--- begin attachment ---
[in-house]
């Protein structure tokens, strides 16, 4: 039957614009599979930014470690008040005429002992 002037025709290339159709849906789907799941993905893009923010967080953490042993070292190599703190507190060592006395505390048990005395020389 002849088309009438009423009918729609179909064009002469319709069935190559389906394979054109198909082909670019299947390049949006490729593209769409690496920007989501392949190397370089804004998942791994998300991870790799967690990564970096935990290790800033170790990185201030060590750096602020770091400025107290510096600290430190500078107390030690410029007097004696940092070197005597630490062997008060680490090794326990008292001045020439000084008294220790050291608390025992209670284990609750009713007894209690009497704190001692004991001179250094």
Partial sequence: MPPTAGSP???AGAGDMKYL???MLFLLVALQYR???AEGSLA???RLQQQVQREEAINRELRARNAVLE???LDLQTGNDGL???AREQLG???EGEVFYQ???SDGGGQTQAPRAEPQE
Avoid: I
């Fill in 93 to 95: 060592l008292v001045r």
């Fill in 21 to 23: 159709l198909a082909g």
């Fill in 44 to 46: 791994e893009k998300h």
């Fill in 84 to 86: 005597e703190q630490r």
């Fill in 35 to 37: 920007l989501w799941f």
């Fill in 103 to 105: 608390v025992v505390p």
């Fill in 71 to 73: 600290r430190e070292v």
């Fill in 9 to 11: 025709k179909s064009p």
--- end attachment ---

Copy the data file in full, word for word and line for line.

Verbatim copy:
[in-house]
């Protein structure tokens, strides 16, 4: 039957614009599979930014470690008040005429002992 002037025709290339159709849906789907799941993905893009923010967080953490042993070292190599703190507190060592006395505390048990005395020389 002849088309009438009423009918729609179909064009002469319709069935190559389906394979054109198909082909670019299947390049949006490729593209769409690496920007989501392949190397370089804004998942791994998300991870790799967690990564970096935990290790800033170790990185201030060590750096602020770091400025107290510096600290430190500078107390030690410029007097004696940092070197005597630490062997008060680490090794326990008292001045020439000084008294220790050291608390025992209670284990609750009713007894209690009497704190001692004991001179250094």
Partial sequence: MPPTAGSP???AGAGDMKYL???MLFLLVALQYR???AEGSLA???RLQQQVQREEAINRELRARNAVLE???LDLQTGNDGL???AREQLG???EGEVFYQ???SDGGGQTQAPRAEPQE
Avoid: I
């Fill in 93 to 95: 060592l008292v001045r």
């Fill in 21 to 23: 159709l198909a082909g």
């Fill in 44 to 46: 791994e893009k998300h």
């Fill in 84 to 86: 005597e703190q630490r």
């Fill in 35 to 37: 920007l989501w799941f």
């Fill in 103 to 105: 608390v025992v505390p």
């Fill in 71 to 73: 600290r430190e070292v």
């Fill in 9 to 11: 025709k179909s064009p």